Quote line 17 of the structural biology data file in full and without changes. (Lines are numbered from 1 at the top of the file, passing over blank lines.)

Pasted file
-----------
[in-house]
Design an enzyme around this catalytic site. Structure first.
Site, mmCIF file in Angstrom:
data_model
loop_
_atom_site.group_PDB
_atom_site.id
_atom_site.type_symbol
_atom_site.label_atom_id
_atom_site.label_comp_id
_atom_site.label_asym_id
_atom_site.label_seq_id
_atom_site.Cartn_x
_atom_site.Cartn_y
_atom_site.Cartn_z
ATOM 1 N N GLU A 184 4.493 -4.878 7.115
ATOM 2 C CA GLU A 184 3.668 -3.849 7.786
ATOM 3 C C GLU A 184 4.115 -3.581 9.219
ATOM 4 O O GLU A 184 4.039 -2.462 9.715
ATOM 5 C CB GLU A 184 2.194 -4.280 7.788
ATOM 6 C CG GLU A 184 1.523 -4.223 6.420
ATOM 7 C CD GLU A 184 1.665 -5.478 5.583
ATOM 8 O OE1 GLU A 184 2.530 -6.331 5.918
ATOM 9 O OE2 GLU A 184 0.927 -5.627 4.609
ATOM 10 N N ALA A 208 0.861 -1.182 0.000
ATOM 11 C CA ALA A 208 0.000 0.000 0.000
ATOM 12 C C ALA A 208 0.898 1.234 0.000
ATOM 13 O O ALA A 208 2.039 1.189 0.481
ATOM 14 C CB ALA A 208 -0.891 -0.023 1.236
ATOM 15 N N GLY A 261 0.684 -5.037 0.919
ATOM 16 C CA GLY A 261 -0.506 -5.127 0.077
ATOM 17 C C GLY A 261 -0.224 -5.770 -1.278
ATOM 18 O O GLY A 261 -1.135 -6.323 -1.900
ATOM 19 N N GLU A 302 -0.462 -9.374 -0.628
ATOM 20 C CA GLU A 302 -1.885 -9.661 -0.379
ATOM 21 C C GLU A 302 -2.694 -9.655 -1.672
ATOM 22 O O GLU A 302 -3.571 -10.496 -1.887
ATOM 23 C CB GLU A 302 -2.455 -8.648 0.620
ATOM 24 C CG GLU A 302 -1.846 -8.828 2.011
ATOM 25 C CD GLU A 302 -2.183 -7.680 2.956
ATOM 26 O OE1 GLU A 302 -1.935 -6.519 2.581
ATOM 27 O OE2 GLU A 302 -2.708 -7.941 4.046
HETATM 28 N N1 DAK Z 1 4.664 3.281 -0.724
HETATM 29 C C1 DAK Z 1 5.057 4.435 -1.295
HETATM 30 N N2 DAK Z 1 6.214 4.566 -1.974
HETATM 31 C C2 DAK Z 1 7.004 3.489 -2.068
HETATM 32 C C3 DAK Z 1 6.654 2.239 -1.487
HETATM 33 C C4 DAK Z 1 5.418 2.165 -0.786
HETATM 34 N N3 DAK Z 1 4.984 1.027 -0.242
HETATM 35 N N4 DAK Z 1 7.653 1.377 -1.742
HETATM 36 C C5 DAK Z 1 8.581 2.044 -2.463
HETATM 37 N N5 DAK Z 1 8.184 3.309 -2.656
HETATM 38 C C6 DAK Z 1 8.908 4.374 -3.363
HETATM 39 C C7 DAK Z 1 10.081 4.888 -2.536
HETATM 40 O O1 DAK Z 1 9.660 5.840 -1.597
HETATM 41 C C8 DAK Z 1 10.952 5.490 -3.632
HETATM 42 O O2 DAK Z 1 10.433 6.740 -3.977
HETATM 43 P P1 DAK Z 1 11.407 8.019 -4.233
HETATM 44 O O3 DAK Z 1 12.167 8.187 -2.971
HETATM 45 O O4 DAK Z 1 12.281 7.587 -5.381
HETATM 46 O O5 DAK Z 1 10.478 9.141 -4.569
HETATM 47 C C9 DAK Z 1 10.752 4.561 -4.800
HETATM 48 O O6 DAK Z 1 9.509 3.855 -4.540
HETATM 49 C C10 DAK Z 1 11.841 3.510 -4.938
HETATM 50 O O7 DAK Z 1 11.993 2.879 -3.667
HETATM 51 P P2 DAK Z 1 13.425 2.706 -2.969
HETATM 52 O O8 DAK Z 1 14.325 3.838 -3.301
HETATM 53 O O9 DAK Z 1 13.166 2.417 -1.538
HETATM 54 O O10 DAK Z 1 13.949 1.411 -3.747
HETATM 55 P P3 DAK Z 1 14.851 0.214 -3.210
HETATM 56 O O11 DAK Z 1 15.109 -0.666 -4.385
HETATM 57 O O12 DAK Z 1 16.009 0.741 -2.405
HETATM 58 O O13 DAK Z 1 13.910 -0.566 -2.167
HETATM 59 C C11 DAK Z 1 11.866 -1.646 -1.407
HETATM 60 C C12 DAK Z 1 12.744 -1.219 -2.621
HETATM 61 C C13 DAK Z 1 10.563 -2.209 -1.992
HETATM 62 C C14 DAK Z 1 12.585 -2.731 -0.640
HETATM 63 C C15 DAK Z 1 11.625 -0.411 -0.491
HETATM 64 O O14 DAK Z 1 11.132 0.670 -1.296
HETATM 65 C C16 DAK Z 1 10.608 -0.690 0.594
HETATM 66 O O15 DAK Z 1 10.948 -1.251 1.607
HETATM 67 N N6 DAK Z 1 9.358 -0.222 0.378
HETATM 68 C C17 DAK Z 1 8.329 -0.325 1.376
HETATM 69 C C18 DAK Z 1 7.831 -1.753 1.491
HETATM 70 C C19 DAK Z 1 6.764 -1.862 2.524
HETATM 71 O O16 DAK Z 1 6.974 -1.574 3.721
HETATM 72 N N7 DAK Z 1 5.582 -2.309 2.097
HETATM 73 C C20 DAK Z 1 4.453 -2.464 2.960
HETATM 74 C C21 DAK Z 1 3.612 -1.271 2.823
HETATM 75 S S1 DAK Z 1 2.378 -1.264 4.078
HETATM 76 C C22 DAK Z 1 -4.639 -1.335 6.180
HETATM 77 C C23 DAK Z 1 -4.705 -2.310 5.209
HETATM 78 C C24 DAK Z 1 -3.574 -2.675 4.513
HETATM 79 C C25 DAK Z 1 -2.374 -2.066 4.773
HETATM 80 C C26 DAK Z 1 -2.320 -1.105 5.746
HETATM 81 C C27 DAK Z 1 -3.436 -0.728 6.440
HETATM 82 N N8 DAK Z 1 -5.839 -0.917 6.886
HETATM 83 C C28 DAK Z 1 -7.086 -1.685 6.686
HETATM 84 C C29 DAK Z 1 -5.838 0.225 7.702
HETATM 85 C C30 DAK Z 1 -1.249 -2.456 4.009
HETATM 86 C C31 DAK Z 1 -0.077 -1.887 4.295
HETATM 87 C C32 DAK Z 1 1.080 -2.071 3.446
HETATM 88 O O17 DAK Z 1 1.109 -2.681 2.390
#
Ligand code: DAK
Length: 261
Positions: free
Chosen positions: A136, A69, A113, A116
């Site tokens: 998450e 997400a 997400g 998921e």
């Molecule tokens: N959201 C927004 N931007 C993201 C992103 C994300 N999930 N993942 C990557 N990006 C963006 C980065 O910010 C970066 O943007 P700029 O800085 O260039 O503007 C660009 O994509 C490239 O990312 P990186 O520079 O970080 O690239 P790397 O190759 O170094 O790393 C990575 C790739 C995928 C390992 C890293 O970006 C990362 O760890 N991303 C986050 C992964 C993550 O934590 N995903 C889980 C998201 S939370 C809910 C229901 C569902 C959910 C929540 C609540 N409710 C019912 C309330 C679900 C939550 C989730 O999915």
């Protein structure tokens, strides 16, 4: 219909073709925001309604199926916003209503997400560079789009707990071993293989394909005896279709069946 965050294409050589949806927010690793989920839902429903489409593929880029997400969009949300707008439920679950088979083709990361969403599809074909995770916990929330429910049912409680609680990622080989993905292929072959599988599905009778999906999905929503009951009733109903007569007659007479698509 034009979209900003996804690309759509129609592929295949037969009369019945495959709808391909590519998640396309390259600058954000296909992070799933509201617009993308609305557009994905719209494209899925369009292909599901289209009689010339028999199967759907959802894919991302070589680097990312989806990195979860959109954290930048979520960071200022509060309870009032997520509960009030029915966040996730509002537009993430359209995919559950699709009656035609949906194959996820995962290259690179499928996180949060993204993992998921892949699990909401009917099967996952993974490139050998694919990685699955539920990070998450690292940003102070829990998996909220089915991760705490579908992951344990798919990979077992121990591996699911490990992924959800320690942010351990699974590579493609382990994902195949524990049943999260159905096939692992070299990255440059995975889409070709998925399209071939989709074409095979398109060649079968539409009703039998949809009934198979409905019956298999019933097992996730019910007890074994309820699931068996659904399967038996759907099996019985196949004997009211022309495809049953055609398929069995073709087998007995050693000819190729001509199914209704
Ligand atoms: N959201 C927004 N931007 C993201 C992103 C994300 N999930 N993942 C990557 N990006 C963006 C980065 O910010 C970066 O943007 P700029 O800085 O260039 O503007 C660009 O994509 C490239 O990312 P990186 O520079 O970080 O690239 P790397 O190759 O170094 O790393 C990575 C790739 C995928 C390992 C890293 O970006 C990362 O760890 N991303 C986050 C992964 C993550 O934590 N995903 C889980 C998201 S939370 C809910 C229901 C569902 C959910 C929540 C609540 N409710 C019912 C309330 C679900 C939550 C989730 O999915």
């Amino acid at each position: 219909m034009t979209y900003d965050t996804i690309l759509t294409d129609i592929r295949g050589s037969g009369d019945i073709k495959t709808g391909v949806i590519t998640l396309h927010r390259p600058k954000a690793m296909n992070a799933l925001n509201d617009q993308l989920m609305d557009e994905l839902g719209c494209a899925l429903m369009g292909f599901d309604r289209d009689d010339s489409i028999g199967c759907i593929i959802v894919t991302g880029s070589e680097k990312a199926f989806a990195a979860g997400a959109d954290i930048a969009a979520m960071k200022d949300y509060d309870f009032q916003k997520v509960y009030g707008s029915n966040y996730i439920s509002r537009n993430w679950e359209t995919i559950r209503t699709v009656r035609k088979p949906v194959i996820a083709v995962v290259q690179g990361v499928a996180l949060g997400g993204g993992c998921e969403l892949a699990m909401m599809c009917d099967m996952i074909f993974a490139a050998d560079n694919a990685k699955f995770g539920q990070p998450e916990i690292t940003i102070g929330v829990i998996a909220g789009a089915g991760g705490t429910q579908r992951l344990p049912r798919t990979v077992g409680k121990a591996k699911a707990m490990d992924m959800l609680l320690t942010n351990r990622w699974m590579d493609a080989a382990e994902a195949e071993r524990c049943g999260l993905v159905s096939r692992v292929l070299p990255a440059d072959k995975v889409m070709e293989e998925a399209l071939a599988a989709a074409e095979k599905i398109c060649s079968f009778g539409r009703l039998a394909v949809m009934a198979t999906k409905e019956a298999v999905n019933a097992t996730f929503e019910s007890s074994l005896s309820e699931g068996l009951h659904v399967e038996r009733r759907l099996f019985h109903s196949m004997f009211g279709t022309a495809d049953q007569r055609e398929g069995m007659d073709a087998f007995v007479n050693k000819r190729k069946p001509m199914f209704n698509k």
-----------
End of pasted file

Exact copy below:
ATOM 2 C CA GLU A 184 3.668 -3.849 7.786